Transnational guerrillas in the ‘shatter zones’ of the Balkans and Eastern Front
in Fighters across frontiers
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This chapter studies transnational interplay in guerrilla movements on the Eastern Front and in the Balkans, where the interwar state system was pulverised by war, occupation and partition. In its Great Patriotic War, the Soviet Union made abundant use of ‘useful foreigners’, whether they were international communist exiles living in Moscow, Balts, Poles or Bessarabians who had claimed Soviet citizenship, local fighters on the ground in occupied areas or deserters from the Wehrmacht. After Italy crashed out of the war in September 1943 tens of thousands of Italians escaped to join the Yugoslav partisans for fear of being rounded up by the Germans, while German communists in Wehrmacht disciplinary battalions deserted to join the Greek resistance and recover their anti-Hitlerian identity. Meanwhile, in Italy itself, Allied, former International Brigaders and Yugoslav POWs escaped from camps to join the Italian resistance to the Germans, a resistance which, far from being purely Italian was, internationally speaking, said one British POW resister, was ‘a very mixed bunch’.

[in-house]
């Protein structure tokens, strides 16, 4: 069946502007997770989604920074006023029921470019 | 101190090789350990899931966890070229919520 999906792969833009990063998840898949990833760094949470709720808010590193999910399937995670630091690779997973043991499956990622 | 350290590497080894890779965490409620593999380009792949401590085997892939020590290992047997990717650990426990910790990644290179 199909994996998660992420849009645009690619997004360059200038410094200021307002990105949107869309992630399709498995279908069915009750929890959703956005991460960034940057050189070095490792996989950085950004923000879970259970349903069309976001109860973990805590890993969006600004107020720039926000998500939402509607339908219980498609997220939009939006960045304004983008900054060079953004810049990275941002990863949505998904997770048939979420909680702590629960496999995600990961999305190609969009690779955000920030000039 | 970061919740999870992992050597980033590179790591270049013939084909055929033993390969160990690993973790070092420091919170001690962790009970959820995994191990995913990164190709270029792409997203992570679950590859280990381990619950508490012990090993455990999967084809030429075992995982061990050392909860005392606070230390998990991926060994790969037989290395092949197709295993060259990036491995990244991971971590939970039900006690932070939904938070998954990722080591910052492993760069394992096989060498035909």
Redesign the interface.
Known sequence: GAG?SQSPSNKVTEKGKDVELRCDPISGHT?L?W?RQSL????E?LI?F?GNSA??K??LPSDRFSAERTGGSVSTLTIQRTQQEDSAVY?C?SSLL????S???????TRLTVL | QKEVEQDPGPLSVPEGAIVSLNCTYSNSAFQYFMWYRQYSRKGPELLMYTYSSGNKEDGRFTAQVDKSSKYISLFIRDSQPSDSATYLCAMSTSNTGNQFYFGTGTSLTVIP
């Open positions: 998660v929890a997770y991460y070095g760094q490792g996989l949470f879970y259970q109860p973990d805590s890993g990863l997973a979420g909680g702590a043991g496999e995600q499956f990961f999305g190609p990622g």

Fighters across frontiers

Transnational resistance in Europe, 1936–48

Editors: Robert Gildea and Ismee Tames

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